Family cohesion regards the emotional ties that unite family members and can be classified as “disengaged” (very low cohesion, greater distancing and independence among family members), “separated” (low to moderate cohesion, family members share some activities), “connected” (moderate to high cohesion, greater sharing of activities and greater interest in family ties) or “enmeshed” (very high cohesion, greater emotional dependence with a focus on family relations). Family adaptability regards the capacity family members have to adjust to changes in the family dynamics, being classified as “rigid” (very low adaptability, the family follows the rules of a single member and no changes occur in family roles), “structured” (low to moderate adaptability, more sharing of roles), “flexible” (moderate to high adaptability, more flexibility in terms of family control and rules) or “chaotic” (very high adaptability, no defined functions or leadership) 17 .

Drug use was evaluated using the validated Brazilian version of the Alcohol, Smoking and Substance Involvement Screening Test (ASSIST) developed by the World Health Organization 18 , comprised of eight questions that address the frequency of psychoactive drug use, difficulties in performing daily activities, difficulty interrupting drug use and concerns on the part of parents/guardians. For the present study, we considered answers to the use of legal substances (tobacco and alcohol) and illegal substances (marijuana, cocaine, stimulants, opioids, sedatives, inhalants and hallucinogens) for the previous three months.

Statistical analysis

A directed acyclic graph (DAG) ( Figure ) was created using the DAGitty software program (version 3.0) to study the relations between the dependent (OHL) and independent variables.

Figure Directed Acyclic Graph (DAG) for effect of socio-demographic, family and behavioral characteristics on oral health literacy 

The statistical analyses were performed with the aid of the Statistical Package for the Social Sciences (SPSS for Windows, version 22.0, SPSS Inc, Chicago, IL, USA). Descriptive analysis was performed for the characterization of the sample. Poisson regression analysis with robust variance was used to test associations between the exposure variables and outcome. For such, variables with a p-value < 0.20 in the bivariate analysis were incorporated into the multivariate analysis and those with a p-value < 0.05 in this analysis were kept in the final model. Rate ratios (RR) and 95% confidence intervals (CI) were calculated for the associations found in both the unadjusted and adjusted statistical models. Oral health literacy was used as a count outcome because cutoff points can vary significantly across populations and there is no standard categorization in the literature. Therefore, for this study, OHL as a count measure was the best way to explore differences between groups.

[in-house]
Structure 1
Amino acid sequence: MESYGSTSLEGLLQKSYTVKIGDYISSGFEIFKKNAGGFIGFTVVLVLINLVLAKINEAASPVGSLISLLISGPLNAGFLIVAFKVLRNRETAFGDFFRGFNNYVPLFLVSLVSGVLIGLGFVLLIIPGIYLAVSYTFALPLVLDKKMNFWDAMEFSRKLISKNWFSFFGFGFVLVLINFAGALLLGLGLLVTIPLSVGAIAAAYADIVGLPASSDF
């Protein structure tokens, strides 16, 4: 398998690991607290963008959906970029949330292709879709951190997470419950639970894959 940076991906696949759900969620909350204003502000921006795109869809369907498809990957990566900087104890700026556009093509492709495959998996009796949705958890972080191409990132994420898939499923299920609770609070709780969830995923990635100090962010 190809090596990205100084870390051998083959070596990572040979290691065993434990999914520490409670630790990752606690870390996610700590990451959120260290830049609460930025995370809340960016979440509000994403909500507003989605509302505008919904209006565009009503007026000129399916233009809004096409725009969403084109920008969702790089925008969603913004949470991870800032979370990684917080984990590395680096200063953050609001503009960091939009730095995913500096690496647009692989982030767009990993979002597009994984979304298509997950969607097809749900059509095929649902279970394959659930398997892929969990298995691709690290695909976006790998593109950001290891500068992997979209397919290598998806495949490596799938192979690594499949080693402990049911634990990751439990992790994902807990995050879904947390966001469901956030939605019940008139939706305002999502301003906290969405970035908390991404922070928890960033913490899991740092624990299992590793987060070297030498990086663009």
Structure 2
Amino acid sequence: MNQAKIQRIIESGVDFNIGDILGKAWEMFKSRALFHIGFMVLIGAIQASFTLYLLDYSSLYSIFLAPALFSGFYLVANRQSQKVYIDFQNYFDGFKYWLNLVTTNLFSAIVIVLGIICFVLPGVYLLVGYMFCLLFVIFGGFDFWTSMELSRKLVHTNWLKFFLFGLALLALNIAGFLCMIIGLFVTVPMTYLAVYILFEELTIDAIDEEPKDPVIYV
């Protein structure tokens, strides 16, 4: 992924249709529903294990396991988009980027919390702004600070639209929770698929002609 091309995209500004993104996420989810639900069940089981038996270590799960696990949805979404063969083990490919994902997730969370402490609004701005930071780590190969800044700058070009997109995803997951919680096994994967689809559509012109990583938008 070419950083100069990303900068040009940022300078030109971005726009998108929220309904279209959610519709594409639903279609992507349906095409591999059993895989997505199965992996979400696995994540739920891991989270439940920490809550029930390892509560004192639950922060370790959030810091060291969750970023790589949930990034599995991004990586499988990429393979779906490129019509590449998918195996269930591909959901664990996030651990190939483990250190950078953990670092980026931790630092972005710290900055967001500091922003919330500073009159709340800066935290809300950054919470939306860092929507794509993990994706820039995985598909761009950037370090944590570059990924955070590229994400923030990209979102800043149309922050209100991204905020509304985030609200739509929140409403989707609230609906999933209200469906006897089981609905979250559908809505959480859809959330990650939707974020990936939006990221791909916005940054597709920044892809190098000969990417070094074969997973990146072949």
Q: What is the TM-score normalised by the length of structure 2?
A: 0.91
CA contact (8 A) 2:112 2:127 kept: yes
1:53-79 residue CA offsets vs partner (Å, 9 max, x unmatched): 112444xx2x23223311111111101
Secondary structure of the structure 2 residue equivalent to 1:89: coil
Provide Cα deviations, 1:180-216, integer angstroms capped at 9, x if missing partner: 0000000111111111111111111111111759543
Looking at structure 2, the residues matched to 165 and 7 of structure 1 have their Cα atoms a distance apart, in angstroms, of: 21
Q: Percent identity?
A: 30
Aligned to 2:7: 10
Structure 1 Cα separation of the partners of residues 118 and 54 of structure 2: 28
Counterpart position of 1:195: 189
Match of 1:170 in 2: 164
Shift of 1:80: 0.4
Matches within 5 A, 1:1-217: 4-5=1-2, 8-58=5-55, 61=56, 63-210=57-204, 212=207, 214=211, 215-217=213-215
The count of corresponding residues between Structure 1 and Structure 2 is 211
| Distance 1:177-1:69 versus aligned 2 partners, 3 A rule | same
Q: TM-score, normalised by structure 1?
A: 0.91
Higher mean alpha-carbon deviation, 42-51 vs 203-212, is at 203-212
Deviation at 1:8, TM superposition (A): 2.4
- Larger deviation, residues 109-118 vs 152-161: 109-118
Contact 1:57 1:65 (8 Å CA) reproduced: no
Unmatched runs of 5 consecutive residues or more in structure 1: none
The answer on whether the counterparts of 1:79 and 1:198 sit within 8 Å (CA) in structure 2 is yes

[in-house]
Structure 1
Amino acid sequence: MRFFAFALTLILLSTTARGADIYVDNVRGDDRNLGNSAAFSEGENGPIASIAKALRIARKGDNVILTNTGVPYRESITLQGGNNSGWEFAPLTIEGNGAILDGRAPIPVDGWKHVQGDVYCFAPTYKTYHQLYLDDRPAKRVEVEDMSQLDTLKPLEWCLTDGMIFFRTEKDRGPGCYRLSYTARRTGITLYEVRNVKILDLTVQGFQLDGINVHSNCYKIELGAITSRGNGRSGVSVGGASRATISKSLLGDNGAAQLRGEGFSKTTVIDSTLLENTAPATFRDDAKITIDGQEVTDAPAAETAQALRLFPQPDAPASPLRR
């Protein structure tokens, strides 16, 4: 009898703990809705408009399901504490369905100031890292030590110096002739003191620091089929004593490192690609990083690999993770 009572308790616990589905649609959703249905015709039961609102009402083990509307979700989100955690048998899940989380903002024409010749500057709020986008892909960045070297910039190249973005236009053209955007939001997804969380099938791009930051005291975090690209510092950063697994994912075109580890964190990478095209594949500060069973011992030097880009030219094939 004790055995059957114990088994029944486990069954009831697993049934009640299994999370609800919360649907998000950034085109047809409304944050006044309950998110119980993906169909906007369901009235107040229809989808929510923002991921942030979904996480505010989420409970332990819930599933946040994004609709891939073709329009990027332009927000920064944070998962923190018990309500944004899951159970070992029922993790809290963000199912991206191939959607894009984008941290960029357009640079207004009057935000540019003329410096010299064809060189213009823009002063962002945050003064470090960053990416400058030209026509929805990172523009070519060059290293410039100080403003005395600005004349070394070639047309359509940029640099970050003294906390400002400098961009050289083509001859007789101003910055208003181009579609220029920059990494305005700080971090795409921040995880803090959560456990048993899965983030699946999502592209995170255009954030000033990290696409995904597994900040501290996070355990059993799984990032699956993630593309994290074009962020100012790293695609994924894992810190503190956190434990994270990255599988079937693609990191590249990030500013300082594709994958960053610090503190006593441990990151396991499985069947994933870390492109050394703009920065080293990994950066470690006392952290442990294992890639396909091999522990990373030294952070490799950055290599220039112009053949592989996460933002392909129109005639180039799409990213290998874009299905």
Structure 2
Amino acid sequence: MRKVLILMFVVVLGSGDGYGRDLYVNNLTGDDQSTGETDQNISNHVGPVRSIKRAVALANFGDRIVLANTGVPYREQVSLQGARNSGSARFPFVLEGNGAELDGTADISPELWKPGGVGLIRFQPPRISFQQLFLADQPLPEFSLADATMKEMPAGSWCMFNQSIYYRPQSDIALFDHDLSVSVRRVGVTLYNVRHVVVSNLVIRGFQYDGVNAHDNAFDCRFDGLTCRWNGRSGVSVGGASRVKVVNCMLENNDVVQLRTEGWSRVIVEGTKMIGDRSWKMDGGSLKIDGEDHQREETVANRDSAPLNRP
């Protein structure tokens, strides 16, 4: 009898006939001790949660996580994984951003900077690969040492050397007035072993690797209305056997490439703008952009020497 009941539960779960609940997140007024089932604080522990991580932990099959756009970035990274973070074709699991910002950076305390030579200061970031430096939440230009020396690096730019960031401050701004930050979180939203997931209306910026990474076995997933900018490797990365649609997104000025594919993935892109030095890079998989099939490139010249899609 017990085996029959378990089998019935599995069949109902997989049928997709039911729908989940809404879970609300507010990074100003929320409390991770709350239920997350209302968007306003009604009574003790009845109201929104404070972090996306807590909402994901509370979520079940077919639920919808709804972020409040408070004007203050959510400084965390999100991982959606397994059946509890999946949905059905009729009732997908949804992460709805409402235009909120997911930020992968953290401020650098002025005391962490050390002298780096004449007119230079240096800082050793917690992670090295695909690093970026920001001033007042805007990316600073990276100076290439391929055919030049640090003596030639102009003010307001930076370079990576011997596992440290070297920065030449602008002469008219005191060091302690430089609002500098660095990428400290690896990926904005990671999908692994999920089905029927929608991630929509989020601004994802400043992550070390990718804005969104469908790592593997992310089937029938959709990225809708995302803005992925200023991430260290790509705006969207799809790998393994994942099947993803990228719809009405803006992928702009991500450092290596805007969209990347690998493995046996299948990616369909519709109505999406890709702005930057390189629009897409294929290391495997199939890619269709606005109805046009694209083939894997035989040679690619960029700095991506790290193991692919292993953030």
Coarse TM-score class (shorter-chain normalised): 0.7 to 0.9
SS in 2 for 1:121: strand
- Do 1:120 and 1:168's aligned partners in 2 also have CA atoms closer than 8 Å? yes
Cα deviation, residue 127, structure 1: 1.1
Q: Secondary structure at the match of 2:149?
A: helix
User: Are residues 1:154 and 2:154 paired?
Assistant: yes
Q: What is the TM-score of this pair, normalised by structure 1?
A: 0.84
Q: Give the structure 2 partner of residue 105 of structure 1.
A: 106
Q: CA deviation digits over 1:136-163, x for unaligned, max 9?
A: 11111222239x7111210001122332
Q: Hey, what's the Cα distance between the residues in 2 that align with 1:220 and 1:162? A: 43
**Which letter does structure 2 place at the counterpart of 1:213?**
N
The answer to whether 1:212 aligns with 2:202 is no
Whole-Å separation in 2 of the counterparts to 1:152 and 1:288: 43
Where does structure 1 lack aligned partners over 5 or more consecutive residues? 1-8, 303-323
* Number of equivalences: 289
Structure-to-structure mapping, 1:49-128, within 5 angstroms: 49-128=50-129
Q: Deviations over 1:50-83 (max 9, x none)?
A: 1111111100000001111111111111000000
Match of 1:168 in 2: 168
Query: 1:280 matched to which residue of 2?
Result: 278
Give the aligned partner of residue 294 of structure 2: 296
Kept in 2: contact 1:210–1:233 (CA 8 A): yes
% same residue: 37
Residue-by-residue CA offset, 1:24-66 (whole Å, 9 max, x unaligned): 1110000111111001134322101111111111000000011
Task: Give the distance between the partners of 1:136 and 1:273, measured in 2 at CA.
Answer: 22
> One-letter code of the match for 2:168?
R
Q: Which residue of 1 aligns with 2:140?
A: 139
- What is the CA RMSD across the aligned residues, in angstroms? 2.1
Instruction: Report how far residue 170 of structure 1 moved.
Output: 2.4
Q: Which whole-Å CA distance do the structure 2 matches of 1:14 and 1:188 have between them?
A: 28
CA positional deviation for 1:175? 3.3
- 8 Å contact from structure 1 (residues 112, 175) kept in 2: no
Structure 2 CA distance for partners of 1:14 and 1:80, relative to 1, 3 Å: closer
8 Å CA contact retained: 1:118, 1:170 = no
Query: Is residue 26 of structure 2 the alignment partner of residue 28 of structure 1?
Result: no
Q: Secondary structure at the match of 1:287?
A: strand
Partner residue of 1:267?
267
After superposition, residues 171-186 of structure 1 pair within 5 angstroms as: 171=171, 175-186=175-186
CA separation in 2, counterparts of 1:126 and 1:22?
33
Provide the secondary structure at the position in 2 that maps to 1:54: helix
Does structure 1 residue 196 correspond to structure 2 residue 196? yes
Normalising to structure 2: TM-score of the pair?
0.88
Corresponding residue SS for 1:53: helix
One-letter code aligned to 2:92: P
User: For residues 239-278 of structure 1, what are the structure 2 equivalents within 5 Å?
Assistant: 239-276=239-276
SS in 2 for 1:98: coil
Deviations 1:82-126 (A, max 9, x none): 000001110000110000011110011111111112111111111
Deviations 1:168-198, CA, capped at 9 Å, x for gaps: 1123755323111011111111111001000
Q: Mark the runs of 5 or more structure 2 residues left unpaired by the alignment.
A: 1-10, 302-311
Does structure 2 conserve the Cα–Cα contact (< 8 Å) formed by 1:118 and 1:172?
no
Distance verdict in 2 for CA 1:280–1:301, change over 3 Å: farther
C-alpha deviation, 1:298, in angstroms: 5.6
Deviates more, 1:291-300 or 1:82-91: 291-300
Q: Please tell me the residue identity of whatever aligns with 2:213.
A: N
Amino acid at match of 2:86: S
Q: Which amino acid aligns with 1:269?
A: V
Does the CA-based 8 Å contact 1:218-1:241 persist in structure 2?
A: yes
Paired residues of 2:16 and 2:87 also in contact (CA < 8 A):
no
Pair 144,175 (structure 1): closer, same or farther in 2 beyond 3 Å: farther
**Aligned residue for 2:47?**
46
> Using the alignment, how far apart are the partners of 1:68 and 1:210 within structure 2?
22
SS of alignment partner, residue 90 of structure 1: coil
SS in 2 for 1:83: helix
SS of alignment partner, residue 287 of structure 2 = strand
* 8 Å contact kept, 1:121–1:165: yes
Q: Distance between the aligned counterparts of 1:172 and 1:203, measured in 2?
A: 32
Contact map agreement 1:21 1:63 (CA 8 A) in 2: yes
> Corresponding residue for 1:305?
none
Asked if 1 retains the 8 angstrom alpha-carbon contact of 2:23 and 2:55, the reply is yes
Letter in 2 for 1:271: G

Ethical aspects

This study was conducted in accordance with the Declaration of Helsinki and Resolution No. 466/2012 of the Brazilian National Board of Health regarding research involving human subjects and received approval from the Human Research Ethics Committee of the Universidade Estadual da Paraíba (certificate number: 55953516.2.1001.5187).


The sample comprised 746 adolescents between 15 and 19 years of age. The response rate was 97%. As students from this age group are preparing for important university admission exams, the level of absenteeism was not high. Twenty-three adolescents were excluded for being absent for the interview after three attempts. Table 1 shows the characterization of the sample.

Table 1 Characterization of sample of adolescents aged 15 to 19 years 

Variable Percentiles
Oral Health Literacy 25, 50, 75
17, 21, 24
Variable Frequency
n %
Socio-demographic variables
Female 444 59.5
Male 302 40.5
Ethnicity/skin color
White 211 28.3
Non-white 535 71.7
Type of school
Public 497 66.6
Private 249 33.4
Monthly family income
≤ US$ 240 272 51.0
>US$ 240 261 49.0
Mother’s schooling level
< 8 years of study 299 40.3
≥ 8 years of study 443 59.7
Parent’s/Guardian’s age
≤ 42 years 384 51.6
> 42 years 360 48.4
Number of residents in home
≤ 5 619 83.2
≥ 6 125 16.8
Marital status of parents/guardians
Married 403 54.1
Single, divorced, widowed 342 45.9

Family/behavioral variables
Position in family
Oldest child 314 42.1
Middle child 184 24.7
Youngest child 248 33.2
Use of legal drugs
Yes 301 40.3
No 445 59.7
Use of illegal drugs
Yes 54 7.2
No 692 92.8
Family cohesion
Enmeshed 15 2.0
Connected 121 16.2
Separated 266 35.7
Disengaged 344 46.1
Family adaptability
Rigid 122 16.4
Structured 216 29.0
Flexible 244 32.8
Chaotic 163 21.9
Type of dental service used
Public 264 40.4
Private 389 59.6